Entre Wright y Reich

The Barcelona Pavilion

Luis Fernández-Galiano 

Pabellón de Alemania. Barcelona, 1929

In the ephemeral Glasraum of the Werkbund’s 1927 exhibition in Stuttgart, the dynamic Wrightian space flows between glazed walls that reconcile the expressionist reflections with the transparency of the Sachlichkeit to expose universal truths at the service of the new industry of glass, and this geometrical seed bears fruit in three successive constructions by Mies van der Rohe: the Barcelona Pavilion of 1928-29, which uses opulent materials and exquisite proportions to raise a manifesto of the new language, making icons out of the onyx wall, cruciform pillars, majestic armchairs, and Kolbe’s Morgen; Villa Tugendhat in Brno of 1928-30, which lends domestic plausibility to the open plan through a rigorous choreography of furniture pieces and meticulous detailing; and the house at the Berlin exhibition ‘Die Wohnung unserer Zeit’ of 1931, which radically materialized the interior and exterior fusion prefigured in the Brick Country House of 1924.

Just as Lilly Reich was co-author of the Glasraum (and did Café Samt & Seide with Mies that same year at the Berlin show ‘Die Mode der Dame’), she collaborated in the other three projects and her influence was felt everywhere: not so much in the omnipresence of glass as in the increased importance of furniture and claddings, the relish for the rich tactility of silk, leather, and velvet – in Barcelona she would again with Mies produce the ‘Deutsche Seide’ exhibition in the Silk and Velvet section of the Palace of Textile Arts –, and the inclusion of sculptural figures as sensual accents in cold abstract interiors.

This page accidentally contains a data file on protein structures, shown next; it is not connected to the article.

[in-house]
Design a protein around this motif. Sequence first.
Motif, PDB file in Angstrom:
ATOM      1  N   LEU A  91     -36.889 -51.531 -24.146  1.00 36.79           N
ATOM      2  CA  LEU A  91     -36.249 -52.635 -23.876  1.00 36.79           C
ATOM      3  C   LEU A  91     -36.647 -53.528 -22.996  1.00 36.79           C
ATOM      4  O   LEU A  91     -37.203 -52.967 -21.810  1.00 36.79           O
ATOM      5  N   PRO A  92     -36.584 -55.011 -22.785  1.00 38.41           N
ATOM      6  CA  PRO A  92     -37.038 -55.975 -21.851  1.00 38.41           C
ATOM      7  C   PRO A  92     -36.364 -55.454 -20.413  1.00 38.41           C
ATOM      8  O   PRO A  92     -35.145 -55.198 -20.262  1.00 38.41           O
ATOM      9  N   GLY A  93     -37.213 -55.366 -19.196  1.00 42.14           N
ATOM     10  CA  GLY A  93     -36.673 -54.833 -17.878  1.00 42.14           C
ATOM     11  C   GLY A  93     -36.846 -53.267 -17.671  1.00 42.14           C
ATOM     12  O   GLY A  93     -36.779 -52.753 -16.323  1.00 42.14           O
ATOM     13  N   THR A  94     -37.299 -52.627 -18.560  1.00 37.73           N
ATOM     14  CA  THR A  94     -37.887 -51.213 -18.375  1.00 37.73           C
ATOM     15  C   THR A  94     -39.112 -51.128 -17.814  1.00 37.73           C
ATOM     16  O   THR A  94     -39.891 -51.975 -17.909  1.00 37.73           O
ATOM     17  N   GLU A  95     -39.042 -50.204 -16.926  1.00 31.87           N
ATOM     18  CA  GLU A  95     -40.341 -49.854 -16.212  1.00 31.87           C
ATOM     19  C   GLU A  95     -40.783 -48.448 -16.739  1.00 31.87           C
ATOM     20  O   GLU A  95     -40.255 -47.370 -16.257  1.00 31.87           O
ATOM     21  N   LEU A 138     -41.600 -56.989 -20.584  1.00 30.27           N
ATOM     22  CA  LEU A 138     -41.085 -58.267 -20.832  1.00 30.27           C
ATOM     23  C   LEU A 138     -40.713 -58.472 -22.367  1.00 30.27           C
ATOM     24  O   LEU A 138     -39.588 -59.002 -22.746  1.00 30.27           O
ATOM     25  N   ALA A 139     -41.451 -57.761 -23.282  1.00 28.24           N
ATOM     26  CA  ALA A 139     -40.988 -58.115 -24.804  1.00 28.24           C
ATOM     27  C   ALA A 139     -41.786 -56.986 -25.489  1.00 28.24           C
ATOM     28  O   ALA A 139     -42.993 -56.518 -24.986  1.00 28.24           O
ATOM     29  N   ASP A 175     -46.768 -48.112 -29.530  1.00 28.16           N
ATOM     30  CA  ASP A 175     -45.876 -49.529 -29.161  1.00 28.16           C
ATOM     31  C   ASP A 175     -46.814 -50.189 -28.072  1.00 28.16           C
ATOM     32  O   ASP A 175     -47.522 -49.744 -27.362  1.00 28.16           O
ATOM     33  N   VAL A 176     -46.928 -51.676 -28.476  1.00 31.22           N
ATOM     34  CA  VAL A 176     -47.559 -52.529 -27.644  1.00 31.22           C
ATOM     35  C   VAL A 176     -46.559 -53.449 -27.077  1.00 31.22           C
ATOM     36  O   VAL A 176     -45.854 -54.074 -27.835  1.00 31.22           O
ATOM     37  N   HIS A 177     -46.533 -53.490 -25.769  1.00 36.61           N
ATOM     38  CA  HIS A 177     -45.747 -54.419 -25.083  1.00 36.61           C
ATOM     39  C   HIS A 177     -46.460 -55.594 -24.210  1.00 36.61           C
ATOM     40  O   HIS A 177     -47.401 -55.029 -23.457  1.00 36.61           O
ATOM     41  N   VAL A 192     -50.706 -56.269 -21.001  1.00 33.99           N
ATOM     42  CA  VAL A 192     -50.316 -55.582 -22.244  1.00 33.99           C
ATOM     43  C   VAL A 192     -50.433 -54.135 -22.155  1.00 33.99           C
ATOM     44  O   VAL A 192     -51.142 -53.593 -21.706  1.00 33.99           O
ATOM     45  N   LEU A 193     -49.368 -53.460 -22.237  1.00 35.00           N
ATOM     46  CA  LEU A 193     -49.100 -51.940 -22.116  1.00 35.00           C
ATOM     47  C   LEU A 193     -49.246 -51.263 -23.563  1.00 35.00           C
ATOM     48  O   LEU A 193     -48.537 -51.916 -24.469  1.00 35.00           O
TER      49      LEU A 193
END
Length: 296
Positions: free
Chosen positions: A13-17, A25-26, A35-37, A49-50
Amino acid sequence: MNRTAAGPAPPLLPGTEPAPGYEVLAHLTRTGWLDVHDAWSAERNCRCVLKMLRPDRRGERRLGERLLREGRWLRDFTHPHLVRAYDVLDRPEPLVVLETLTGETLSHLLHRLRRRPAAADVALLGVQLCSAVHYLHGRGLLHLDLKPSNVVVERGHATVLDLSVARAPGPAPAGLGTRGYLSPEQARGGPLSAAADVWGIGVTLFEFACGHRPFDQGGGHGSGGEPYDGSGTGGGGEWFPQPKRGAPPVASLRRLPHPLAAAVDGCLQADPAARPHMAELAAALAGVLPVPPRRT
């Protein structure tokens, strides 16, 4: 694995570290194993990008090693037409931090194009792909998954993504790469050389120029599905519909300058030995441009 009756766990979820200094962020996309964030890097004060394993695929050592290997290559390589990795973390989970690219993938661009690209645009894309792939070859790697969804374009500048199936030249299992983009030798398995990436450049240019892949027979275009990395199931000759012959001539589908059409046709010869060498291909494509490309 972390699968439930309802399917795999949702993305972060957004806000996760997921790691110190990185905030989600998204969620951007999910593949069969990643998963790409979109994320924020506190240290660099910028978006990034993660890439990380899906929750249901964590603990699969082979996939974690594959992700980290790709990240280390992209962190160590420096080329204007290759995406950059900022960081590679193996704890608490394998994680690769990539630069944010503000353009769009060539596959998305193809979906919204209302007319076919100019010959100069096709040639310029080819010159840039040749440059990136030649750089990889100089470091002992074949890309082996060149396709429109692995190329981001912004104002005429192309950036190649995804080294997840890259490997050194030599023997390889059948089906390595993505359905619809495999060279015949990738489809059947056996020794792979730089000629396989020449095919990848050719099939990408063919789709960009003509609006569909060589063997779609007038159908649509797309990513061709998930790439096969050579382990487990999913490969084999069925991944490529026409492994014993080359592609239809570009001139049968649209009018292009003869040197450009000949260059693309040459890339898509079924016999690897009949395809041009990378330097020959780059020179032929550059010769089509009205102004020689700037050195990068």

Muestra de tejidos de seda. Barcelona, 1929

The MR of Stuttgart, the Barcelona, the Tugendhat, and the Brno are four of the mythical chairs designed by Mies for these works, but the sensual quality of their upholsteries is partly attributable to the exquisite severe taste of the designer who became the architect’s personal and professional partner. The materials and colors of the Barcelona Pavilion or the Tugendhat House are so much a part of these works that Philip Johnson, in the first monograph on Mies, shows their importance by including two long lists where travertine, onyx, and green marble from Tinos go with ebony, raw silk, and white velvet, and here again it is impossible not to discern Reich’s fingerprint.

In the Barcelona Pavilion, Mies fused the spatial language of Frank Lloyd Wright with the aesthetic intuitions of De Stijl to create a substantially new architectural language that was received with admiration – Wright himself, normally not given to praise, was quick to acknowledge it, though did try to persuade Mies to “get rid of those damned little steel posts that look so dangerous” – and became part of the heritage of the Modern Movement. Political circumstances in Germany and Europe, alas, did not let this language take root, and Mies could not build anything of note in the following years, which he devoted to teaching at the Bauhaus and to projects and competitions through which he tried to adapt his architecture to the changing ideological and economic scene.

The 15th BEAU (Spanish Biennial of Architecture and Urban Design) will use the Barcelona Pavilion, now attributed to both Mies and Reich, as one of two venues. We mark this by reproducing the text published in a 2019 book that celebrated the Bauhaus centenary.

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